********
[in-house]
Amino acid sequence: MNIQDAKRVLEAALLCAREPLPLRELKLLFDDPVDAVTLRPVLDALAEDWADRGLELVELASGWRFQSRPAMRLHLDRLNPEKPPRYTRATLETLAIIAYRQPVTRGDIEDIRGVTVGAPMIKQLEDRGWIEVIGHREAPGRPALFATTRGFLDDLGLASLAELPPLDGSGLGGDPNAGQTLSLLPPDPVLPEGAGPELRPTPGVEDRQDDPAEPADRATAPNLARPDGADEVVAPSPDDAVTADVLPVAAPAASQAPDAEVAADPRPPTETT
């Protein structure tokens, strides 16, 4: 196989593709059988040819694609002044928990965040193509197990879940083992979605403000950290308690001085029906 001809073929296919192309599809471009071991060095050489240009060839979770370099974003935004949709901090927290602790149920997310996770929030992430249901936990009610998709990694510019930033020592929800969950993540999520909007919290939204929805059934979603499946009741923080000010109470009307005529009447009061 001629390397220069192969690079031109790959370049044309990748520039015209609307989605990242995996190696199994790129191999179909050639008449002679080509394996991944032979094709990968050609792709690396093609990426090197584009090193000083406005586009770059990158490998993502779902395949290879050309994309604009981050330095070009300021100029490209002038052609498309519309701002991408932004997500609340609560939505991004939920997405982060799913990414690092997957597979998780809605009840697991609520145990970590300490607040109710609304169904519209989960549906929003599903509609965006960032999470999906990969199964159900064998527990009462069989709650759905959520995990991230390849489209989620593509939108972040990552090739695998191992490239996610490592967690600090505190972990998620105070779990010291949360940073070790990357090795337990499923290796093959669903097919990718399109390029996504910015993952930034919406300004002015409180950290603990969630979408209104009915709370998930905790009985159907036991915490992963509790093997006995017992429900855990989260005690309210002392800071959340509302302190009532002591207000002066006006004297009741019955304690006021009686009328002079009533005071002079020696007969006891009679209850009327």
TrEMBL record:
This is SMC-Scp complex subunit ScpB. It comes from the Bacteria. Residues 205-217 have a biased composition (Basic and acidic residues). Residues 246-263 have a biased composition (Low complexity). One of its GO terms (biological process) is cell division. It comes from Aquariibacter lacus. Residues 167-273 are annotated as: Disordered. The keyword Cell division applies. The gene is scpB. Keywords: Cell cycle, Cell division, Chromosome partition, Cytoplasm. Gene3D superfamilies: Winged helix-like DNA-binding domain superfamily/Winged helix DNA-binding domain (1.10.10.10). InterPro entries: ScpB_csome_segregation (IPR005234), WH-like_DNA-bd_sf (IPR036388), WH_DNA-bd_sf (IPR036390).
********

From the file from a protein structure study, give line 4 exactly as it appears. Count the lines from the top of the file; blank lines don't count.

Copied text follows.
TrEMBL record: